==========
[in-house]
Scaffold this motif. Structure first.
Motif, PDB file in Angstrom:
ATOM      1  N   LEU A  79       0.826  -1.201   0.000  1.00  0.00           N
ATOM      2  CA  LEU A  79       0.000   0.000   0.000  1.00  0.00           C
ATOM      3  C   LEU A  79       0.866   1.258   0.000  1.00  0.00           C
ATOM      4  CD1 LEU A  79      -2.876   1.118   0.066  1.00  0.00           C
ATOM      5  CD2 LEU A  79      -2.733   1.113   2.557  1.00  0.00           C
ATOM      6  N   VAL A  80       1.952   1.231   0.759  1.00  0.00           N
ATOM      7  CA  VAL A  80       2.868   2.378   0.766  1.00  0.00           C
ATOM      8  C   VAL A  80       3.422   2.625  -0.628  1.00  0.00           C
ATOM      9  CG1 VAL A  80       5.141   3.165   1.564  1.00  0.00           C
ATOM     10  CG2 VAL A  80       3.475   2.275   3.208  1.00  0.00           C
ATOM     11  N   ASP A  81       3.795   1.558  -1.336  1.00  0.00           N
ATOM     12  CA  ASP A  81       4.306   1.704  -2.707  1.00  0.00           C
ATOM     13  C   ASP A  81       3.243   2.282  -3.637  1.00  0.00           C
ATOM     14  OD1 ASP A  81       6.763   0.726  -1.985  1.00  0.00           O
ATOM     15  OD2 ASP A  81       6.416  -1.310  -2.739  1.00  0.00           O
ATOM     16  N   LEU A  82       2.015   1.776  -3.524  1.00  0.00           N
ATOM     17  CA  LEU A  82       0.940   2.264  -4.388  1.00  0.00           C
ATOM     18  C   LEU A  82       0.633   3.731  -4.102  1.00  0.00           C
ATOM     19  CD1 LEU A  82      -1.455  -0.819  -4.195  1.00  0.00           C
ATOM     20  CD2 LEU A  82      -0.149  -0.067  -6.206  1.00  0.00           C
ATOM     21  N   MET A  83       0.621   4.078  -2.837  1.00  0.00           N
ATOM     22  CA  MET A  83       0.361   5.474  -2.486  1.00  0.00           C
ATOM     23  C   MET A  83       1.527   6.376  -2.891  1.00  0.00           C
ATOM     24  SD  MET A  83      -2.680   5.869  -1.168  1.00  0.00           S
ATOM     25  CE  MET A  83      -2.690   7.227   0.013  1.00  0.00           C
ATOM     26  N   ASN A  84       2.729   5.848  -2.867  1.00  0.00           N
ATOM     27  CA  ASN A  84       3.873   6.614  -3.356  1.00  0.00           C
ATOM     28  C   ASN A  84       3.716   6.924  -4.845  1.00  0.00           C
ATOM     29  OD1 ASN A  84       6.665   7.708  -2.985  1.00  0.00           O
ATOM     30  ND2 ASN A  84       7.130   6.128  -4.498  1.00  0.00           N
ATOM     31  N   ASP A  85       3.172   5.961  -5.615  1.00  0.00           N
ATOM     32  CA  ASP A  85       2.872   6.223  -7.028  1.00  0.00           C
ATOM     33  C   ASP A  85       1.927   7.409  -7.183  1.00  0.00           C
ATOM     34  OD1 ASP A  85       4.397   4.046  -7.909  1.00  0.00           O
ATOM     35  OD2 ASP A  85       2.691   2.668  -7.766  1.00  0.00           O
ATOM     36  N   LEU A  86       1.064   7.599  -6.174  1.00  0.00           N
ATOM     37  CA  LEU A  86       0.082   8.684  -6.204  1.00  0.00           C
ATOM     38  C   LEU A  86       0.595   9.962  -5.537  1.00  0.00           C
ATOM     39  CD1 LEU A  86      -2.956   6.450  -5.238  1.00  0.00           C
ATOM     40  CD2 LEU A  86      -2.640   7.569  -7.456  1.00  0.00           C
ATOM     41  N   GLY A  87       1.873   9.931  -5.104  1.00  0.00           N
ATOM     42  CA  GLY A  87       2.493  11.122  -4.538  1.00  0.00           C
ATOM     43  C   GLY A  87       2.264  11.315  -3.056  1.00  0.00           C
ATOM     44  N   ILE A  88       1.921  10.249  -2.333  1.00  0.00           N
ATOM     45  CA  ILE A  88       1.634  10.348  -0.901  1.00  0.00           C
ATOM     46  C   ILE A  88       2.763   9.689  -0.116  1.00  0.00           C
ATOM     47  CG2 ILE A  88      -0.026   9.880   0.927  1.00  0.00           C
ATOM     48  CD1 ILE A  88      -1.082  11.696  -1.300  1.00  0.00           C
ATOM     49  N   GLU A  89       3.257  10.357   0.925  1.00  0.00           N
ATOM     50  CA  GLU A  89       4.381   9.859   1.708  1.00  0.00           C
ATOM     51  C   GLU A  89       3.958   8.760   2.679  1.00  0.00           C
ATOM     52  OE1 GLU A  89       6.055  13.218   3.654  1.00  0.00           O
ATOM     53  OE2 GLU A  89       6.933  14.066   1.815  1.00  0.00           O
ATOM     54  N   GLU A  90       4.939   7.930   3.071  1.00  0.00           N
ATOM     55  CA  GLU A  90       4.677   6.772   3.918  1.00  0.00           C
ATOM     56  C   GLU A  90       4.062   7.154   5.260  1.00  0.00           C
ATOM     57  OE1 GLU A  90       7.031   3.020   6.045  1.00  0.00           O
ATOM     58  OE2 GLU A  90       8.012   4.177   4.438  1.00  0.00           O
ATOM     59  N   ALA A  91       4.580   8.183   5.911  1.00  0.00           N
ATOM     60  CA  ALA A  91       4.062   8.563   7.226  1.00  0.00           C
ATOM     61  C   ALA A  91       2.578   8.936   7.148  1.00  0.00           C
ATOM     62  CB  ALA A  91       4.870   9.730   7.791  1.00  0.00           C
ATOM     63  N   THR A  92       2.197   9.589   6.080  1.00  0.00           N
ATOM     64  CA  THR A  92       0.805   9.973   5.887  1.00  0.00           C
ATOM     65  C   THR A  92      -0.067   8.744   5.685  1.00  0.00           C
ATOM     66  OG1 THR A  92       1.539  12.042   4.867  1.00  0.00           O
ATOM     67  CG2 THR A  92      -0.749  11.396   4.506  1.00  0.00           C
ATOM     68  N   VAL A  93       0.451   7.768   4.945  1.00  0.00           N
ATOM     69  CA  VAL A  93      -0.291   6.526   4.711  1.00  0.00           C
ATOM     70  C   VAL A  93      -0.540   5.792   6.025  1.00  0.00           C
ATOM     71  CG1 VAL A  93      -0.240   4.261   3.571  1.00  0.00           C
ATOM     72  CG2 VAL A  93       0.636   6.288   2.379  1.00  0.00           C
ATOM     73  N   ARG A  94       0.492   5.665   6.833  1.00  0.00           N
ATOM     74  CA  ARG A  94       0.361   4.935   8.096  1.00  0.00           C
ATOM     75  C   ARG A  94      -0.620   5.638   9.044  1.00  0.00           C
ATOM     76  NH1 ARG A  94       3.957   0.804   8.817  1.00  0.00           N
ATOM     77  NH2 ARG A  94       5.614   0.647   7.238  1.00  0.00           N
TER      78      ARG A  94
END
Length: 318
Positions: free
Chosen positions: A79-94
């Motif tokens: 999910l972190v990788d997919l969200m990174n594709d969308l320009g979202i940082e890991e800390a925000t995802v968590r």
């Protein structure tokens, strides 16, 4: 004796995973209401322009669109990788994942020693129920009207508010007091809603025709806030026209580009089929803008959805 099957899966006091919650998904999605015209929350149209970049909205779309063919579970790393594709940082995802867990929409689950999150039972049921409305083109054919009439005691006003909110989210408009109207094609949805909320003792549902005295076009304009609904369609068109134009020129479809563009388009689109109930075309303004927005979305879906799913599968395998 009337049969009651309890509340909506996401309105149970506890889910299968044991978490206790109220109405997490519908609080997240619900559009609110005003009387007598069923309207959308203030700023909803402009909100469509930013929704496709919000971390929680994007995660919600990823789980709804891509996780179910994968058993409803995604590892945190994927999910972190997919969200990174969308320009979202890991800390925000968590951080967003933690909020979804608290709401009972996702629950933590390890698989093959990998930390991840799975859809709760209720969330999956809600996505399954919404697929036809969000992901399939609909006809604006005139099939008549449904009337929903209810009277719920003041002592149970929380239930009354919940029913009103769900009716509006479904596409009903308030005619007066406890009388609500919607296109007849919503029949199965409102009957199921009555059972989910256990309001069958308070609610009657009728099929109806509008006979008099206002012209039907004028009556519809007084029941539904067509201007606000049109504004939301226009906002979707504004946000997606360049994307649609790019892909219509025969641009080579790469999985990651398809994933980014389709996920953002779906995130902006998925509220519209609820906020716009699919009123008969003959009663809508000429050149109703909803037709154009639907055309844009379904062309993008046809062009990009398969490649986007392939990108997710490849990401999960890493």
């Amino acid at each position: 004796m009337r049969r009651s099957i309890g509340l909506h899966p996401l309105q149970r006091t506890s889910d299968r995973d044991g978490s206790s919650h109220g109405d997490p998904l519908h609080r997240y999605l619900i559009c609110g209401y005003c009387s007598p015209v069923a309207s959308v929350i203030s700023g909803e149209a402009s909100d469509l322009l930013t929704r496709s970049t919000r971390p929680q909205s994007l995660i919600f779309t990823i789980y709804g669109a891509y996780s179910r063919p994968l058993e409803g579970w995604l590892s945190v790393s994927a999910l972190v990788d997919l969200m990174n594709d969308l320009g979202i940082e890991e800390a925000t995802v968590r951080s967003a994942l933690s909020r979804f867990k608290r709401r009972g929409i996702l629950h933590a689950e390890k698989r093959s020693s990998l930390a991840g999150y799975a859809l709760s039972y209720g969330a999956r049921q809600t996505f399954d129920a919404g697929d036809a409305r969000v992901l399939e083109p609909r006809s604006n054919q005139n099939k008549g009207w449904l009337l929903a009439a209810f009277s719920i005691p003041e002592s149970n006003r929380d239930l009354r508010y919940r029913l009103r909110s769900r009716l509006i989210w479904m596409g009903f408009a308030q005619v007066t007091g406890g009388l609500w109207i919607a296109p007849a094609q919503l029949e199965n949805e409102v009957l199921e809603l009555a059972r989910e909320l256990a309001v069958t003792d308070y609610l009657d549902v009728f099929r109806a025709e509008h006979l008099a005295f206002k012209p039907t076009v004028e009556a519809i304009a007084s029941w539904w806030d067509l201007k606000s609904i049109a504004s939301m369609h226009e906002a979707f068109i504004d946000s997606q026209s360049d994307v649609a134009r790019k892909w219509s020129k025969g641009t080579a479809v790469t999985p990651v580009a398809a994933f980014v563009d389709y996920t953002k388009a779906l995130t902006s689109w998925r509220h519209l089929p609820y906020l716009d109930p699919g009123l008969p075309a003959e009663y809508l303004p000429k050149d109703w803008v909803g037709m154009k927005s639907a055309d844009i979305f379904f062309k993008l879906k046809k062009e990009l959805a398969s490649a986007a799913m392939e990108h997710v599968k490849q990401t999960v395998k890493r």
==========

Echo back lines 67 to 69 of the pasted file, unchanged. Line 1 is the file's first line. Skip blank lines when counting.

ATOM     64  CA  THR A  92       0.805   9.973   5.887  1.00  0.00           C
ATOM     65  C   THR A  92      -0.067   8.744   5.685  1.00  0.00           C
ATOM     66  OG1 THR A  92       1.539  12.042   4.867  1.00  0.00           O